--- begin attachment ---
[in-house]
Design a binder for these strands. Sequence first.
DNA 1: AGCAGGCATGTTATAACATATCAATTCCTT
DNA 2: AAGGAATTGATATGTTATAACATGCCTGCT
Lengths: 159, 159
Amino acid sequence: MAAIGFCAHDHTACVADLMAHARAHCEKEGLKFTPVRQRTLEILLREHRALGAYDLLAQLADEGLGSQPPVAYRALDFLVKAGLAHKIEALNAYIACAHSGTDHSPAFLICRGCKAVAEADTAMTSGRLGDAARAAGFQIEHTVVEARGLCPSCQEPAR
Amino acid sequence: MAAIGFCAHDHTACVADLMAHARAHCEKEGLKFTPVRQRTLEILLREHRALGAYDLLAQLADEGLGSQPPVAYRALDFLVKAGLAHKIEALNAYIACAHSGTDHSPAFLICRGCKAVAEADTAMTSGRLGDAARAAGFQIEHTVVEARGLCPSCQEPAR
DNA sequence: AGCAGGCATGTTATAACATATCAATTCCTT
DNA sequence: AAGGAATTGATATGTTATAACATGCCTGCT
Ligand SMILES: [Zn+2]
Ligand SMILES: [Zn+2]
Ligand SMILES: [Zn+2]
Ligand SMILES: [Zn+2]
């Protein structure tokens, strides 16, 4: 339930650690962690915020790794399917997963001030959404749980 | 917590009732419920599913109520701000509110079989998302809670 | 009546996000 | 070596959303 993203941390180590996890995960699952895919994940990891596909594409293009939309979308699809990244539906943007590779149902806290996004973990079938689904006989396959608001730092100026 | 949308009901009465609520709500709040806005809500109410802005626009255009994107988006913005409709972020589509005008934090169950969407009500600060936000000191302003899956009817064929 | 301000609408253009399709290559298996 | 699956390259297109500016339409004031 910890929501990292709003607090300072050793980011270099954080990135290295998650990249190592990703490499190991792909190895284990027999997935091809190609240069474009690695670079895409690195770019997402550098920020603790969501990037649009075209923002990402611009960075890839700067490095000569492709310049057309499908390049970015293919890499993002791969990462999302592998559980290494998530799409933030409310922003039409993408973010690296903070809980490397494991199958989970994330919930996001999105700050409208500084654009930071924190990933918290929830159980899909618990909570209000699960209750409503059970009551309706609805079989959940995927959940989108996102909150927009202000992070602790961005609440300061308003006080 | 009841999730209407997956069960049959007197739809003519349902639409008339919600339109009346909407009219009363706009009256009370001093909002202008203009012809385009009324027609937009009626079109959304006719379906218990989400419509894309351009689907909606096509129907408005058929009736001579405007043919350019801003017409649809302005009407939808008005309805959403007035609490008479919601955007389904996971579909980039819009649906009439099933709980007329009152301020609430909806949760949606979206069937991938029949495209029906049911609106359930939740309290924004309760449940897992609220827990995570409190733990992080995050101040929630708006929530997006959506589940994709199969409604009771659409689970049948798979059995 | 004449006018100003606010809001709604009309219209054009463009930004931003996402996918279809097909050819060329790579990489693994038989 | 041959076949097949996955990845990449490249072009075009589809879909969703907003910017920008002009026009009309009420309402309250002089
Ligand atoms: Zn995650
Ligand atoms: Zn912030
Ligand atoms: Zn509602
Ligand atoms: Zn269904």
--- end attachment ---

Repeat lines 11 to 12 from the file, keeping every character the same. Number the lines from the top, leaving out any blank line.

Ligand SMILES: [Zn+2]
Ligand SMILES: [Zn+2]